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Mindfulness-Based Group Therapy as a Treatment for Psychiatric Disorders

A Swedish study used a randomized controlled trial to evaluate the use of mindfulness-based group therapy (MGT) as a treatment for psychiatric disorders. The results show no significant difference in outcomes between MGT and the standard cognitive behavioural therapy (CBT), suggesting that MGT can be an effective treatment that increases the scope and reduces the cost of intervention.

Psychotherapy interventions in primary healthcare are an important component of the treatment of patients diagnosed with psychiatric disorders, such as depressive, anxiety/stress and adjustment disorders. These afflictions can vary in severity and symptoms, but overall can be a major detriment to an individual’s mental health and to society as a whole. Often used in conjunction with antidepressant pharmacological agents, the most widely used evidence-based psychotherapy today is cognitive behavioural therapy (CBT), which focuses on problem-oriented and action-focused coping strategies for overcoming negative thoughts and attitudes. However, CBT is most often conducted on a one-to-one basis between patient and therapist, and as such remains either inaccessible or available only after a long wait time.

In recent years, a new form of psychotherapy called mindfulness-based group therapy (MGT) has been the focus of several studies. MGT differs from CBT in that it can be administered in group settings, and uses a meditative, decentered approach to dealing with emotions and thoughts. In addition, after a training period, patients can continue to practice the technique on their own at home. Because of this, it has the potential to significantly relieve a burden on a nation’s healthcare system and increase the chance of positive outcomes for many more people.

The present study published in European Psychiatry is one of the first randomized controlled trials to compare MGT to CBT in a primary care setting. A team of researchers in Sweden devised an 8-week study which took place in 2012 at 16 primary care centers. The demographics of the subjects varied, including a total of 215 men and women, ages 20-64 years, presenting a wide range of psychiatric symptoms, both recently diagnosed and historically documented. They divided the participants into two groups, one which received MBT (the experimental group) and one which received CBT (the control group). Some patients were also prescribed psychotropic drugs if deemed necessary, but the authors state that there was no significant difference in the use of pharmacological agents between the two groups. The main metric for outcome determination was the Symptom Distress Checklist (SCL-90), which the patients completed both before and after the study. This questionnaire measures symptom intensity on a number of subscales, such as “obsessive-compulsive,” “depression,” and “phobic anxiety” among others. They also used the Mindful Attention Awareness Scale (MAAS) to measure the patients’ awareness and understanding of what was taking place.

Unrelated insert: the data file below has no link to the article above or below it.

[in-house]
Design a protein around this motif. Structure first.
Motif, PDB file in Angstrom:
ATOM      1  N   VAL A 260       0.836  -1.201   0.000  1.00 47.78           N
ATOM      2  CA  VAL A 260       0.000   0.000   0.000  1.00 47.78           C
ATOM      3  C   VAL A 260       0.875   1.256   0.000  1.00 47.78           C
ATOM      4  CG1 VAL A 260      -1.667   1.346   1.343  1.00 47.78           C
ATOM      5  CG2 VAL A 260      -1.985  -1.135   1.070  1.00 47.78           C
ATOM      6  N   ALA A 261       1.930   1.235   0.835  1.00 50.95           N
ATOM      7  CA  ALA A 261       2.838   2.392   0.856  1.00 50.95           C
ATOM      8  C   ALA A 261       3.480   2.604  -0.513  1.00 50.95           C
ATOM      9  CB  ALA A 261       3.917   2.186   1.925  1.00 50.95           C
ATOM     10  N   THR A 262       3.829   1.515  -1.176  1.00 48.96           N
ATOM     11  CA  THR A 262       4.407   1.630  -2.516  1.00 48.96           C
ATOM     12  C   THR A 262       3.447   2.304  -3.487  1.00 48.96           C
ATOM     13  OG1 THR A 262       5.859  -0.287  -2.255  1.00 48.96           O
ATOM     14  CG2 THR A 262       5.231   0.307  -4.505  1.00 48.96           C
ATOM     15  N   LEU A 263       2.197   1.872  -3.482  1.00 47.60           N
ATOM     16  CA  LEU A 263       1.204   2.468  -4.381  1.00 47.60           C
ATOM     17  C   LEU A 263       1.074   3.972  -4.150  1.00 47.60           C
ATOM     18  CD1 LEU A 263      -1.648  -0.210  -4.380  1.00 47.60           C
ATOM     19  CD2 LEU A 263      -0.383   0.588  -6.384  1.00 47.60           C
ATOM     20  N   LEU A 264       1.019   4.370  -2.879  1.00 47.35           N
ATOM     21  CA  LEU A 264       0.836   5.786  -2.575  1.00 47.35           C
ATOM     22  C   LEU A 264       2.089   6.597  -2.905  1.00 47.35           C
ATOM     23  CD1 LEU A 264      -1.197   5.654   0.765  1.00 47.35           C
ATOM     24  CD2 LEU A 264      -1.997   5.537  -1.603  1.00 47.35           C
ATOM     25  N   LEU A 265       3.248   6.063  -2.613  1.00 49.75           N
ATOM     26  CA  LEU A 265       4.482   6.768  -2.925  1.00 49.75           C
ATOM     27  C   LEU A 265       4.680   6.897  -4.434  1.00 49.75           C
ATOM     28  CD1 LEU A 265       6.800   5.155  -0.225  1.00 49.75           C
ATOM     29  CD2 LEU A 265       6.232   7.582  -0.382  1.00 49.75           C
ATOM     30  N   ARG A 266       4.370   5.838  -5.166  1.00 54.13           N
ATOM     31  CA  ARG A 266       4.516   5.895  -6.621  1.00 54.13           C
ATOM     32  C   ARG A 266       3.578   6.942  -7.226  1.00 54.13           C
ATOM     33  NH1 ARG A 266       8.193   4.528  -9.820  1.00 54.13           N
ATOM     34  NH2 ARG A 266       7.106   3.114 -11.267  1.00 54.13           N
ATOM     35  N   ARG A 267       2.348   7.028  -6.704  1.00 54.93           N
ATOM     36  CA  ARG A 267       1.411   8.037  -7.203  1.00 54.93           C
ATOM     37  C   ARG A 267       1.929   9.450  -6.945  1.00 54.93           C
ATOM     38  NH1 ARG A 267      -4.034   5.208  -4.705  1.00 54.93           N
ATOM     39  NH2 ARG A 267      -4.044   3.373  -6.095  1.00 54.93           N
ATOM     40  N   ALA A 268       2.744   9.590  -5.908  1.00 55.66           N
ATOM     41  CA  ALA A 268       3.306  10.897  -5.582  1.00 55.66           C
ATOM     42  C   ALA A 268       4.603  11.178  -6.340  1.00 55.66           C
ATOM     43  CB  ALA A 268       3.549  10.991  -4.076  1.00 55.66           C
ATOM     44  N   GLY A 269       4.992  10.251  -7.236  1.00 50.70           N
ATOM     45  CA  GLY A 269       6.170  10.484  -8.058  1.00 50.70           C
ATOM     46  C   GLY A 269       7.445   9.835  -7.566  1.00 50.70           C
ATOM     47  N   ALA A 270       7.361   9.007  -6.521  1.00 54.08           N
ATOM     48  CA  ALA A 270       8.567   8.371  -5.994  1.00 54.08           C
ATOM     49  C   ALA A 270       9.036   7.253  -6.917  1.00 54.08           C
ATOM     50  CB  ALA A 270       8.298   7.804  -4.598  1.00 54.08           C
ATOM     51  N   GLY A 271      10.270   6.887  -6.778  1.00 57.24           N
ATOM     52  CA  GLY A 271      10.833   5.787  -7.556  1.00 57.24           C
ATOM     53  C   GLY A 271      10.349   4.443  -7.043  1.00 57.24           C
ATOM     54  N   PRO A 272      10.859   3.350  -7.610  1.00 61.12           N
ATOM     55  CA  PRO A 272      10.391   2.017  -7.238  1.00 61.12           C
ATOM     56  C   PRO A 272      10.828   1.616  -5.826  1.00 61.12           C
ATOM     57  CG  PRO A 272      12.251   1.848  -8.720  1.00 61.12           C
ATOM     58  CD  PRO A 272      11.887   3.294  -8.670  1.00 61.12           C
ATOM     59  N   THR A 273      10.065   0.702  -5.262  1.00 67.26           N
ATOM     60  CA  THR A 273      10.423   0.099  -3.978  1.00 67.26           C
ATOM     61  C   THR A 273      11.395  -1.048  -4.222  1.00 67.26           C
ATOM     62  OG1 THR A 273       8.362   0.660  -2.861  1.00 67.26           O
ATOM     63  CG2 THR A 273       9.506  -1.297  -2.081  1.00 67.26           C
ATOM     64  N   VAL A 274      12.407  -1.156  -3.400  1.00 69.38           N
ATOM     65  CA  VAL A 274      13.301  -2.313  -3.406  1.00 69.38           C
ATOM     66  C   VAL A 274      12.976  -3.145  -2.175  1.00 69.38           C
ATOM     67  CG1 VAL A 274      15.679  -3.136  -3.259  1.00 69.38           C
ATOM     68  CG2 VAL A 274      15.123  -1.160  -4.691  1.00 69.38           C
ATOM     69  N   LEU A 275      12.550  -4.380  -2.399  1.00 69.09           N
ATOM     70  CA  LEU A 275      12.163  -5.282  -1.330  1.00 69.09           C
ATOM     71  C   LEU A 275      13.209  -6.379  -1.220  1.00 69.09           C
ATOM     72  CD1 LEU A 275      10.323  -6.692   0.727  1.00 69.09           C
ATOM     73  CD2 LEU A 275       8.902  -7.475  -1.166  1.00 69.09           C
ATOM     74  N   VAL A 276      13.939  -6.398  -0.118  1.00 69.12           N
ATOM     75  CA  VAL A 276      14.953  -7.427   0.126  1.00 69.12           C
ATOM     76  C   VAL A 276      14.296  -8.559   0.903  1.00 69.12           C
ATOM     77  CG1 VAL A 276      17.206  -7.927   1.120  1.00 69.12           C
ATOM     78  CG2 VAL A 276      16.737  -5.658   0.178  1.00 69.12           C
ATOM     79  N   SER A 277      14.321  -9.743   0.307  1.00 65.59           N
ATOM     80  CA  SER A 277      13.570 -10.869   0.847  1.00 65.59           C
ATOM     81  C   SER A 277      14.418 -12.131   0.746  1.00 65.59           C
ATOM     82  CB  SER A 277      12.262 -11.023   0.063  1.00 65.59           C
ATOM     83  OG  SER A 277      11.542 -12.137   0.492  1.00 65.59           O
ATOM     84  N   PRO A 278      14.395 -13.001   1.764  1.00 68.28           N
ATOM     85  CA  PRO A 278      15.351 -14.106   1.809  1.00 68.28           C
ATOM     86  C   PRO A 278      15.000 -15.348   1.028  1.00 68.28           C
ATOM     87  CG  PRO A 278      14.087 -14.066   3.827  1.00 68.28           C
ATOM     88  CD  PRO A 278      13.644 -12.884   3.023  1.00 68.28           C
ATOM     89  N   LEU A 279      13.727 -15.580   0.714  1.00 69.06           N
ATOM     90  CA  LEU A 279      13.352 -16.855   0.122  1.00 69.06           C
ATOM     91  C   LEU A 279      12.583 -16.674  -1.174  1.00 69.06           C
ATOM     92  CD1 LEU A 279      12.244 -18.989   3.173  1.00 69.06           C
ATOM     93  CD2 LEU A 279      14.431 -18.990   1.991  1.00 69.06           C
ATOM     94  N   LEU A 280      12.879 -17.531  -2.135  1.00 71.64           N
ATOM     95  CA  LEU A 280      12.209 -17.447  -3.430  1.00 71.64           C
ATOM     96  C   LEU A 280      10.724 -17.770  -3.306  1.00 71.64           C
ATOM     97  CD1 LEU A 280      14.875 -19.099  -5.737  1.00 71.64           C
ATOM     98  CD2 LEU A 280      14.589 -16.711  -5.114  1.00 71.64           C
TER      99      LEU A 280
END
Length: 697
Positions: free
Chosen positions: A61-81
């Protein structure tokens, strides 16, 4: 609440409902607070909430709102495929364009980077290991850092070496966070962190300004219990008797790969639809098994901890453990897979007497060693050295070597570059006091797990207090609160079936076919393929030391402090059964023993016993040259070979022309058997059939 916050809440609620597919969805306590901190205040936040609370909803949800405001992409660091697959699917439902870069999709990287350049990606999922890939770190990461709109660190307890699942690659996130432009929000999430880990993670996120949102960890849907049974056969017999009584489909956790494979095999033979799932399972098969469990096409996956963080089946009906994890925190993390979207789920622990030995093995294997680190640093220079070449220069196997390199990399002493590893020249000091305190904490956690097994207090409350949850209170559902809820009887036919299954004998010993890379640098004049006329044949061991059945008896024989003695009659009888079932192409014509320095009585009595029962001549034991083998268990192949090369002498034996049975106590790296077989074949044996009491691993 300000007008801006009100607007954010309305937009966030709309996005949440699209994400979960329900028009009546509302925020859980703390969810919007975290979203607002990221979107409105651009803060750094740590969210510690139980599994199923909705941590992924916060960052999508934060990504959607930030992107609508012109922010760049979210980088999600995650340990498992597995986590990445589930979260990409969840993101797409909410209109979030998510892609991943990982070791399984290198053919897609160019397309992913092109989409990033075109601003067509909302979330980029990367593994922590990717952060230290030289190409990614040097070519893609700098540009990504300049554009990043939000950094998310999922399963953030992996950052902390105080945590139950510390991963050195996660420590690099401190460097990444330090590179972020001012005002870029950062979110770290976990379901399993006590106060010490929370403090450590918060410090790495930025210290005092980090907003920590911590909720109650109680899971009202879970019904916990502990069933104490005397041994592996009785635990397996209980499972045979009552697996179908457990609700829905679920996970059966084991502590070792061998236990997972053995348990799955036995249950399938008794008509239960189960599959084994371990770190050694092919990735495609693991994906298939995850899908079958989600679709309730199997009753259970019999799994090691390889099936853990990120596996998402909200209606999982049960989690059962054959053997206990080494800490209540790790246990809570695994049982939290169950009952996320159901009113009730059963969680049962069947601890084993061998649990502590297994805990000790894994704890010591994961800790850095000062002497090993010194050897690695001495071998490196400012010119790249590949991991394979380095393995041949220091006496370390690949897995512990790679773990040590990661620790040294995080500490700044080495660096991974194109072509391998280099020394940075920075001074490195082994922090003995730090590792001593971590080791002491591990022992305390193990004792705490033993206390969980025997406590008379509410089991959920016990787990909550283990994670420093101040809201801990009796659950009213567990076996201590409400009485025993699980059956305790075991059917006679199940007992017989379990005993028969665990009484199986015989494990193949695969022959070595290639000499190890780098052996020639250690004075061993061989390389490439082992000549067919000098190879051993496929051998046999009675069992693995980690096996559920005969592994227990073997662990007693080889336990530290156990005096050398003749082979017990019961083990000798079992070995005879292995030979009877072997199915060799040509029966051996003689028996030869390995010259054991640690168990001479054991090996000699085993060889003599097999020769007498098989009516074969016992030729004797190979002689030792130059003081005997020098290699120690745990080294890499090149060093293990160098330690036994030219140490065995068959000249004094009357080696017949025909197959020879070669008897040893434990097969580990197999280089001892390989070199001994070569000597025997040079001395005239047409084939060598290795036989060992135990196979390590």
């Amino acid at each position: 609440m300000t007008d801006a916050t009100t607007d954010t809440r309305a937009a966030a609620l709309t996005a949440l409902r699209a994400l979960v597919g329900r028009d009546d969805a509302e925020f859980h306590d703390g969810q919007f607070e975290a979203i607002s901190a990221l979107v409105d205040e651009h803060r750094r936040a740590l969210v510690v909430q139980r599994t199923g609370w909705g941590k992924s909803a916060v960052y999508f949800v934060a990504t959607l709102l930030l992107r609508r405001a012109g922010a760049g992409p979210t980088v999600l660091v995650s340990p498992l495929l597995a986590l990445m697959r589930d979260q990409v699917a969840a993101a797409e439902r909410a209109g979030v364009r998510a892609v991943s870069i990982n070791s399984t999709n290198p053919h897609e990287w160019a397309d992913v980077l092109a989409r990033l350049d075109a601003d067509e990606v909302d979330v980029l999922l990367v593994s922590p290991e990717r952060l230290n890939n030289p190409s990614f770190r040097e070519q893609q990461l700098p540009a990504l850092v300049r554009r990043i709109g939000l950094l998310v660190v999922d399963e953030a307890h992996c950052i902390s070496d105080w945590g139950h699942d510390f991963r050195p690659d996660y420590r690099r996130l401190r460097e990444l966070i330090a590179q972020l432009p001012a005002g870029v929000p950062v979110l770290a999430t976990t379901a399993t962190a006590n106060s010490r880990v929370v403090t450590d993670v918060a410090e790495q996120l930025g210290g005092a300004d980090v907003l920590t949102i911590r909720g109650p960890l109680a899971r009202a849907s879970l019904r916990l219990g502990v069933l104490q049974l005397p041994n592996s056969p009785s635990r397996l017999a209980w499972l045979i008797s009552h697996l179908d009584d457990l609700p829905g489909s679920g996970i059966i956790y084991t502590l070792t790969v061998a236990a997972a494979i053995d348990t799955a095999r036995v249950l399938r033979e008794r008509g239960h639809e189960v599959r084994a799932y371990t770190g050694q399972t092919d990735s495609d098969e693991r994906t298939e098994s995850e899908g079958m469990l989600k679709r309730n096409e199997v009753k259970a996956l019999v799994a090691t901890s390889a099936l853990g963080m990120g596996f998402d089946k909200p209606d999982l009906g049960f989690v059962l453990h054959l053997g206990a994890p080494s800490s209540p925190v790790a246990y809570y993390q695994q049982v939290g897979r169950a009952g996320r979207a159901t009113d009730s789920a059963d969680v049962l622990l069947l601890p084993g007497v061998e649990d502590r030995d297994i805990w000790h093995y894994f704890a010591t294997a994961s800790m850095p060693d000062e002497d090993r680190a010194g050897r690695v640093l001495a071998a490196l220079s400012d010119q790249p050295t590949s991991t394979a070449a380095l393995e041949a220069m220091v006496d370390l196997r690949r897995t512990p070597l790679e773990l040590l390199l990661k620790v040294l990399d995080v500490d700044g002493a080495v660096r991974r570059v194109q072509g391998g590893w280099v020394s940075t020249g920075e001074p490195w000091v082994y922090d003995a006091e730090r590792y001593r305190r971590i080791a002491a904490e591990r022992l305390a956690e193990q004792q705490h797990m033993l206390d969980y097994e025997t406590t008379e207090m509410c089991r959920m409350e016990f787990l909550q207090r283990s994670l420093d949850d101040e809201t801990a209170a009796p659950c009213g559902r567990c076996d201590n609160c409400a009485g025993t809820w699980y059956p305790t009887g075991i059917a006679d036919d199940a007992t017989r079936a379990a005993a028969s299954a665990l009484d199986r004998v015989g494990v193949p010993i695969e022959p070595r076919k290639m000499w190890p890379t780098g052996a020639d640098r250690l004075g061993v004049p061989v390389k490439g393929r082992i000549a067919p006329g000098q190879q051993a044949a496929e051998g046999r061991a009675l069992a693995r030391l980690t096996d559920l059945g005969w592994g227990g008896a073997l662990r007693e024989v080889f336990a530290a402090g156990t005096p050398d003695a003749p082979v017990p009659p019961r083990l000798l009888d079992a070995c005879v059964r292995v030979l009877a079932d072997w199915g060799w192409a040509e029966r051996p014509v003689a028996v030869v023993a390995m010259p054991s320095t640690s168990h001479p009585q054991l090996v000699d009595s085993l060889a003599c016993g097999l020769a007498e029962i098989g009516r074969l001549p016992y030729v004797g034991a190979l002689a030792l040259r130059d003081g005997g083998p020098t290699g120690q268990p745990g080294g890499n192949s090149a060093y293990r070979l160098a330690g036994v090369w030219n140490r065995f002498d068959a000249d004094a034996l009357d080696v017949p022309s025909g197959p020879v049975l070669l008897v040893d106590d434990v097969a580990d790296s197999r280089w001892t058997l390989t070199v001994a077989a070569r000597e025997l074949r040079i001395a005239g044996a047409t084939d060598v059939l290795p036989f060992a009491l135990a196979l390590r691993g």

The authors compared the baseline SCL-90 to the one after intervention for both groups and calculated the changes in the values reported. They saw a reduction in clinically significant problems from both groups after treatment. Using a number of statistical methods, they determined that there was no significant difference in the changes observed between the two groups, suggesting that MBT as a treatment for psychiatric disorders is clinically relevant. The results of the MAAS showed that both groups demonstrated a heightened awareness of what was taking place.

A limitation cited by the authors was that the follow-up period after completion of treatment was not particularly long, and as such they were not able to confirm the continued improvement of symptoms over time. However, this was the first study of its kind to use an active control group (the CBT group), which provided a basis for comparison and made the results and interpretation more robust.

Brain imaging studies focused on types of MGT suggest that this type of training can actively modify brain patterns associated with depression and anxiety, generating structural and functional changes and improving emotional regulation. These neurophysiological results, coupled with the results of this randomized controlled trial, suggest that MGT can open up a world of positive outcomes to those most in need of psychiatric healing.

Written By: Adriano Vissa, PhD Candidate

Adriano Vissa PhD Candidate
Adriano Vissa PhD Candidate
Adriano completed his Ph.D. in Biochemistry and Biomedical Engineering at the University of Toronto, where he is currently a Postdoctoral Research Fellow. His research involved the technical development of super-resolution fluorescence imaging systems and their application to structural areas of interest in cell biology. Adriano has a keen interest in knowledge translation and enjoys communicating scientific advances to the public via Medical News Bulletin. In his spare time, Adriano enjoys playing hockey, strumming his guitar and creating crayon masterpieces with his baby daughter.


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